With its rich blend of history and Celtic culture, Ireland is a must-see destination for any keen traveller heading to Europe and Britain.
The big smoke of Dublin is an obvious tourist destination for many, but for those looking to get away from the crowds, what are some of the experiences available a little off the beaten track? Join us to have a look at some of the Emerald Isle's hidden gems…
Dalkey Island, County Dublin
Just half an hour away from the hustle and bustle of Dublin lies the ancient island of Dalkey. Only 300 meters off the coastline, these 22 acres of land offer everything that Ireland excels in - ancient ruins to rare natural wildlife and stunning views of the mainland. All of this can be enjoyed in near solitude, far from the main tourist sites.
Dalkey Island is now uninhabited; however, its rich archaeology shows evidence of settlement activity going back 6,000 years. Today, you can still trace the remains of a mighty Iron Age promontory fort, a 7th century church dedicated to St. Begent and defensive gun batteries from the 1800s. The maritime nature of the island was also particularly attractive to invading Vikings and there is some suggestion that they used it as a slave camp.
For those interested in Ireland's natural wonders, Dalkey Island offers a magnificent opportunity to spot some of the country's most iconic coastal birds. Cormorants, collared doves, dunnocks, mallards, razorbills, shelducks and many more species use the sheltered waters to breed and rest. On land you are likely to catch a glimpse of the island's resident goat herd, who have called Dalkey home for over two hundred years.
How to get there
Access to this tranquil offshore retreat can be found in the sleepy seaside town of Dalkey - just 35 minutes on the DART train from Dublin or a similar ETA by car.To get to Dalkey Island there are a number of small boat services available from the main harbour, the most popular of which is Ken the Ferryman. The journey will take around 15 minutes and costs €8 - €10 per person. Note that boats to the island are usually only available in the summer months.
The Aran Islands, County Galway
On the theme of unspoiled Irish islands, you really can't miss out on a trip to the three Aran islands. Set off the coast of Galway in the wild Atlantic sea, inhabitants here still speak the traditional Gaelic tongue and the Celtic way of life is truly visible.
The three Aran islands are:
- Inis Mor Island - This is the largest of the Aran islands and features many of the more touristy locations and niceties, such as B&Bs, bike rental and a youth hostel. With over 50 monuments of Christian and pre-Christian Celtic history to explore, there is a deep sense of tradition and heritage.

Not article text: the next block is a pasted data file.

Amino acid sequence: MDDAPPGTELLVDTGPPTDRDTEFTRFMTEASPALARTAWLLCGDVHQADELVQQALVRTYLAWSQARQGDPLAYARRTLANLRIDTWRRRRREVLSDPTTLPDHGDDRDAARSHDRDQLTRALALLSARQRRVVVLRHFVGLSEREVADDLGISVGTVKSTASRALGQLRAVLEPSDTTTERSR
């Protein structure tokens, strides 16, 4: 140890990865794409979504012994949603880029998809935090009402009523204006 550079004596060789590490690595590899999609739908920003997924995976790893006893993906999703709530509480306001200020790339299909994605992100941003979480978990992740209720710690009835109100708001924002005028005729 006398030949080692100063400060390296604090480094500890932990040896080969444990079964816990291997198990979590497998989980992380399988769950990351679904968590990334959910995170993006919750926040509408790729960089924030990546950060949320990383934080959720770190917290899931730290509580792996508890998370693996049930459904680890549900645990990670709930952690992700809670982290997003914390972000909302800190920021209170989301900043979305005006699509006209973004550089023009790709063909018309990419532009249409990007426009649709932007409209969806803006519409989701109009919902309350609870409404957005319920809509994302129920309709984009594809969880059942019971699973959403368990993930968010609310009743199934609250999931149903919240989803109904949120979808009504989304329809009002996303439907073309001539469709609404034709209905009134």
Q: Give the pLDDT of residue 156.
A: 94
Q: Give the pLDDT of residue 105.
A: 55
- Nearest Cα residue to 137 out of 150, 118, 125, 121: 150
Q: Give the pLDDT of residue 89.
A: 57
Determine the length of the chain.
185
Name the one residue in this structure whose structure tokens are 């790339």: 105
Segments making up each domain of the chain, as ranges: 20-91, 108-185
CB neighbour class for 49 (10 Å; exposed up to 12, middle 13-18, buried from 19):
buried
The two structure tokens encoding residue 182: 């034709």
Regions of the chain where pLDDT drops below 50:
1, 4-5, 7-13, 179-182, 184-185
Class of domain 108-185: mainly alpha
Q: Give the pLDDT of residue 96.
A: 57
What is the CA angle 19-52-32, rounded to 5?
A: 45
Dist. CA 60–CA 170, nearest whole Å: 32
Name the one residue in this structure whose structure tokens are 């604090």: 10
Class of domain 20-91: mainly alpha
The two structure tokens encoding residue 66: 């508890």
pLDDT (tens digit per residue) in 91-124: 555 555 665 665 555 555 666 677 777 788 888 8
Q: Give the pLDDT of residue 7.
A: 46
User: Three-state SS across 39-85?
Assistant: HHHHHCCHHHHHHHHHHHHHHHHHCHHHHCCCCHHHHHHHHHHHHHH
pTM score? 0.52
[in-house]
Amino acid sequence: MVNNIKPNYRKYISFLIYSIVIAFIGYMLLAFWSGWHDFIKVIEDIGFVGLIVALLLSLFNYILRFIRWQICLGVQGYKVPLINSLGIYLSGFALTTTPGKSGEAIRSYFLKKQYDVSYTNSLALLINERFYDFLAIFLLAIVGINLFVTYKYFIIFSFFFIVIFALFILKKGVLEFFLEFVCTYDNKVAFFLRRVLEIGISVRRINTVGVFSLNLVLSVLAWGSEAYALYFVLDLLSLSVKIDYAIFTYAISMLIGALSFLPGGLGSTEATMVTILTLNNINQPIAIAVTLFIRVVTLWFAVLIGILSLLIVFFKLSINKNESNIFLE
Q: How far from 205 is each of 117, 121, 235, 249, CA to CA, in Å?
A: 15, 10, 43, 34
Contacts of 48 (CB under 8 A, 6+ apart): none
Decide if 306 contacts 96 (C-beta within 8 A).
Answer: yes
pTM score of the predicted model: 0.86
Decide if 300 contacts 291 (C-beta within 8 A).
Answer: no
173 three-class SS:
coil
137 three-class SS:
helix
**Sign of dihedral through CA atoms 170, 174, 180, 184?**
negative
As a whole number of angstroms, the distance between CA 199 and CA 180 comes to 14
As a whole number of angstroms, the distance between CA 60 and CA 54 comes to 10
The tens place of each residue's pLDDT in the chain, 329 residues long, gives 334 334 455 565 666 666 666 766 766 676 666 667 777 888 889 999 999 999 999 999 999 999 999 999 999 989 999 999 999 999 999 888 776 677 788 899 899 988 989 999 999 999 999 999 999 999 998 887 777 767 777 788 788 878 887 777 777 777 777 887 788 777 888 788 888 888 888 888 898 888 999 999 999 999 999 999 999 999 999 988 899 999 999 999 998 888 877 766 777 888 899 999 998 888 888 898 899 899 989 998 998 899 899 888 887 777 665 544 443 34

- Inis Meain Island - With a population of just 200 people it's the least visited of the three islands. Traditional Celtic life is still very much the way here and offers a true escape from the modern world. More recently, its pristine waters have also become famous for plentiful marine life, making it a popular spot for divers.
- Inis Oirr Island - As the smallest island, Inis Oirr has a distinctive charm all of its own. The strong traditional community has a reputation for musical excellence, which is best experienced in the local pub.
What to see
There is plenty to see and do on the Aran Islands but here are a few activities not to miss out on:
Dun Aonghasa - Set on the edge of towering 300 foot sea cliffs this unique Bronze Age fort dominates the landscape. Recently made a World Heritage Site, the ruins cover a 14 acre area with three huge circular walls protecting it. Located on the Inis Mor Island most people travel here by bike from the pier. Entrance costs €2 and guided tours are free on request.
Tobar Éinne - Still a site of local pilgrimage, Tobar Éinne is a holy well dedicated to St. Edna rumoured to have the power to heal. The well is located on Inis Oirr Island and can be walked or cycled to from the pier.
How to get there
There are several ways to access the Aran islands, the most common and popular being the ferry. The Aran Islands Ferry is available from Rossaveal in Connemara and the Doolin Ferry is located very close to the Cliffs of Moher. The prices and timings of ferries vary depending on where you set off from, and the time of year. Details can be found on the services' websites.
It's also worth noting that booking accommodation and bike hire ahead of time is important as the islands have a limited capacity for visitors.
Rock of Dunamase, County Laois
Tucked away in the lush green farmland of County Laois are the formidable ruins of Dunamase Castle. Clearly a strategic place to build a fortress, the castle is perched upon a rocky outcrop and offers panoramic views of the surrounding landscape. This atmospheric historic site is a must for every ‘Game of Thrones’ fan.
First settled in the 9th century, Dunamese Castle has been fought over by most of the major Irish ruling powers. From an early Christian settlement to Viking pillaging, Dunamese survived to become one of the most important Anglo-Norman strongholds in Laois.
Today you can roam freely around the majestic ruins free of charge. It's easily accessed by car as it is just off the M7 motorway in Laois. Any keen historians can also get in touch with Laois City Council via their website to pick up an audio guide.
If you're interested in finding a truly off the beaten track experience in Ireland, get in touch with your local Travellers Choice agent today.